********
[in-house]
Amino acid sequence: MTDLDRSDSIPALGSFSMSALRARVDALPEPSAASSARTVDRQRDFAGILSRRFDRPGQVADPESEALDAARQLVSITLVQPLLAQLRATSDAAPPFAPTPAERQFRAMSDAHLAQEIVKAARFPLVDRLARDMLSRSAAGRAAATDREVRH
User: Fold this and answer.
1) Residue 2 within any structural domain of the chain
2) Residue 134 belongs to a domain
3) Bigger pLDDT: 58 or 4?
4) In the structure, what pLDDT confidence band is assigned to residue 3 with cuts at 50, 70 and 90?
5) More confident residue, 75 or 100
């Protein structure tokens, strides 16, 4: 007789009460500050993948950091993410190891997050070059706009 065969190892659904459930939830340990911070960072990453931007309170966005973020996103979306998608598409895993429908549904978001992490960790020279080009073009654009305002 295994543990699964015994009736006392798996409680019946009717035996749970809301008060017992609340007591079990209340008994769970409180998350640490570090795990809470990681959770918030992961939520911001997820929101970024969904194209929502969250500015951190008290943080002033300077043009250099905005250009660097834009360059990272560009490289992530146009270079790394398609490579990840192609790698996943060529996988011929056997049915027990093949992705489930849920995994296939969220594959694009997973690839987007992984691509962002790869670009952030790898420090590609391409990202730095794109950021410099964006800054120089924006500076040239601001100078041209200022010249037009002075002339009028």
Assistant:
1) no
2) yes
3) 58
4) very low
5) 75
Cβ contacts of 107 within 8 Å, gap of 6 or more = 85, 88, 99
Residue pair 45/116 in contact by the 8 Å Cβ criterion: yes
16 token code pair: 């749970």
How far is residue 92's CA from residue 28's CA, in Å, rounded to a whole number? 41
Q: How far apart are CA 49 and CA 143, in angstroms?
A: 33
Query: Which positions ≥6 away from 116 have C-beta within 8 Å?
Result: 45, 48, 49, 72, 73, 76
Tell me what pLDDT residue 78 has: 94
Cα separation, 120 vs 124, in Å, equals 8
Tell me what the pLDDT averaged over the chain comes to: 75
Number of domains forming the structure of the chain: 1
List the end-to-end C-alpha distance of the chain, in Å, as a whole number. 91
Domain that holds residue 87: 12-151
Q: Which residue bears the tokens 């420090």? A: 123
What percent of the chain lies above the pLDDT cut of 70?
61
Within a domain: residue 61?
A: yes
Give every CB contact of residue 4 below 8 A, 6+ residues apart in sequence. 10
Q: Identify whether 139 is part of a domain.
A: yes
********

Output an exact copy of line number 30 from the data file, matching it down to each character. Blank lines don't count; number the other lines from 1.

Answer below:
Q: Which residue bears the tokens 């420090």? A: 123